I am hoping Jim will be out there taking more great pictures (I didn't get as muddy as I could have last year because ... well, it's quite possible that Dianna jumped over course obstacles if there wasn't someone there "forcing" me to do it! I have a feeling that will be different this year!).

And with the mud theme going on, I have a few pictures to share! I cleaned out my office at work and found two pictures from a mud run I did in 2005:





I like these pictures -- I was a "younger" runner then (I started running in 2002)! And these must have been just before I switched to running in skirts only(I am a huge fan of triathlete Nikki DeBoom's company "Skirt Sports" -- www.skirtsports.com) Is it odd that I keep searching the eyes of the pre-cancer diagnosis Dianna thinking, "Is there a clue? Is there a sign that this is going to happen?" Was it the million Diet Pepsis I drank? Was it the chemicals in the air? Was it ... ? (well, you get the point).

Anyway -- and on one more running-related note! The local Fleet Feet Sports store (I am a devoted fan!) just highlighted me in their most recent newsletter. I am deeply, deeply honored and they made me sound so strong! Click here to the link! I just can't say enough how honored I feel. Enough said.

Wednesday, May 18, 2011

Final Grades ... In!

So moments ago Dissertation Girl completed her final section of grades and submitted them to the higher powers that be here at SWIC. Yeah! I can't quite describe that feeling of being done-done! So, my readers might ask ... what's next? (especially given the fact that I am not teaching any summer classes this year)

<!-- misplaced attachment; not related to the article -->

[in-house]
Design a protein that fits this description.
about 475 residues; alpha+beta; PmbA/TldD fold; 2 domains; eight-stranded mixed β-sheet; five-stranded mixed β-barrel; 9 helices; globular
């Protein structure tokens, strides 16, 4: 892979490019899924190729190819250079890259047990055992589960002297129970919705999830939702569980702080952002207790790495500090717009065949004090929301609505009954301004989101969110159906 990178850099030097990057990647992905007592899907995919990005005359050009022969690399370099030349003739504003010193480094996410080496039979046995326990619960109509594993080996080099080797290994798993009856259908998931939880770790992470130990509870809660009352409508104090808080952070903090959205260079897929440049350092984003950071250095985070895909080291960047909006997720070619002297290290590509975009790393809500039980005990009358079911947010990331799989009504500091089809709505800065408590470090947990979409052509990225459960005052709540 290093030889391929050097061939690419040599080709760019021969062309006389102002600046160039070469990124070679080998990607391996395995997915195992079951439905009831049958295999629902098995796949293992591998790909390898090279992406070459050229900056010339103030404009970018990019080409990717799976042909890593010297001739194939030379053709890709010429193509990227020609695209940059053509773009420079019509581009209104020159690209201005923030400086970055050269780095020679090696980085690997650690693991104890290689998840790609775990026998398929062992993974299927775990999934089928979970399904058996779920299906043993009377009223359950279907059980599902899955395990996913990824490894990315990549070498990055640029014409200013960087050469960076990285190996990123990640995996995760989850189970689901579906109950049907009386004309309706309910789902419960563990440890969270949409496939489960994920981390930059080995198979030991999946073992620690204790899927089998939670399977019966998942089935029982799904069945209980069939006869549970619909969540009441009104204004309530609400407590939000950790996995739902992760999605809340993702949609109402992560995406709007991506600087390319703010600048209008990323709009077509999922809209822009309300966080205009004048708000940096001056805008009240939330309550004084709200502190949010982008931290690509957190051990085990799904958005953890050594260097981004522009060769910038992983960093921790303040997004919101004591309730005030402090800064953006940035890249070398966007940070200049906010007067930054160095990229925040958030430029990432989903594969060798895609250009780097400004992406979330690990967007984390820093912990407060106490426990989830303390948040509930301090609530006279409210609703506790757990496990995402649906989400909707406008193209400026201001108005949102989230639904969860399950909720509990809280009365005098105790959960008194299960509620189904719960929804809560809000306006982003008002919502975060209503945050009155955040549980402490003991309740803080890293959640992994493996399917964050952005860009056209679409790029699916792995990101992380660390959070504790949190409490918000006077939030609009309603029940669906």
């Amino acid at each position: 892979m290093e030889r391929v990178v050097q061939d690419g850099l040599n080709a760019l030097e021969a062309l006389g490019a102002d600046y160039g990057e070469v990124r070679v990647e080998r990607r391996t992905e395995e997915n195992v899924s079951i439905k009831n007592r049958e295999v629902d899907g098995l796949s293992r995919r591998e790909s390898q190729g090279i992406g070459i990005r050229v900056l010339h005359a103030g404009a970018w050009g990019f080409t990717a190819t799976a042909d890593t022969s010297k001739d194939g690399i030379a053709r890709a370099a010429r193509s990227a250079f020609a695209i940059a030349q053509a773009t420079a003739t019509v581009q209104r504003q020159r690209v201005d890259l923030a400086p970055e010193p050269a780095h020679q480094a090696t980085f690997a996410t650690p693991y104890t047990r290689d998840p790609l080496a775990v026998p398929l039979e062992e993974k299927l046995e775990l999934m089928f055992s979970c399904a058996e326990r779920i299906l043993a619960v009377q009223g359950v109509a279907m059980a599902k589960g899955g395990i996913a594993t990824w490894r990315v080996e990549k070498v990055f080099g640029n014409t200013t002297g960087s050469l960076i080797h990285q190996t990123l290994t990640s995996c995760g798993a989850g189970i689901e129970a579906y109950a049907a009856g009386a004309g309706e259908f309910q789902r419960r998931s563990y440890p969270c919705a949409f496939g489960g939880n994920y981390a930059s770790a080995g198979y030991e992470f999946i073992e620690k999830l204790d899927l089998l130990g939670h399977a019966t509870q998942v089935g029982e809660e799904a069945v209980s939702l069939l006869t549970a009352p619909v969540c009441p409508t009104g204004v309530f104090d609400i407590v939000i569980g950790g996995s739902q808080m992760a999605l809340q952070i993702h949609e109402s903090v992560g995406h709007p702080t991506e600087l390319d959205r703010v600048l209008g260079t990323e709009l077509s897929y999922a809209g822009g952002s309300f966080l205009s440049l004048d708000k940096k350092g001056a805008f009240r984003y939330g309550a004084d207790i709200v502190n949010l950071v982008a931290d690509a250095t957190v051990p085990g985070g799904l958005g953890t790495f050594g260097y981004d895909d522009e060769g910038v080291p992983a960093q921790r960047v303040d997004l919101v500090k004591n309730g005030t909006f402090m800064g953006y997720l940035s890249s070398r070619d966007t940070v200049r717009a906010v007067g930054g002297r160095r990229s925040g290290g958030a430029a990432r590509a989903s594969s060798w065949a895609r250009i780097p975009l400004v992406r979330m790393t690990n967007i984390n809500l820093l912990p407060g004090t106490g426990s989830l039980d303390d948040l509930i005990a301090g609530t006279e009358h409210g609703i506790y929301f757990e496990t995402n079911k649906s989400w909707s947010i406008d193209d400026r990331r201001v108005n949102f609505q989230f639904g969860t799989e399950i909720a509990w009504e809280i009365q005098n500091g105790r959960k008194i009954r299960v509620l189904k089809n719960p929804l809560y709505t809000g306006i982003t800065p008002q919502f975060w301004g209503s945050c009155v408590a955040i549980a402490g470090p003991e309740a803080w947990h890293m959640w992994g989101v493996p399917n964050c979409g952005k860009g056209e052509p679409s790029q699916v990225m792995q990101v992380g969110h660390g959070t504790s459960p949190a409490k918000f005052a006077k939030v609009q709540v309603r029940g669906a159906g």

1. Graduation tomorrow evening -- always a great thing to watch fabulous students celebrate this wonderful moment in their lives! This year, I have a bunch of students graduating so I am looking forward to being there for them! :D

*** note: As I menioned before, at this graduation ceremony last year I was reflecting on the biopsy I had just completed earlier in the day at St John's Hospital. I remember sitting there thinking, "Whew! That was not fun but at least it is over. And there's no reason to worry since breast cancer doesn't run in my family and the doctor at the biopsy said that I have an 80% chance of this being nothing." Well, we all know how that turned out. But at the graduation I was so sure that the worst of it was behind me. It's just a weird sensation to think of that Dianna at that graduation. What will the Dianna at this graduation be thinking?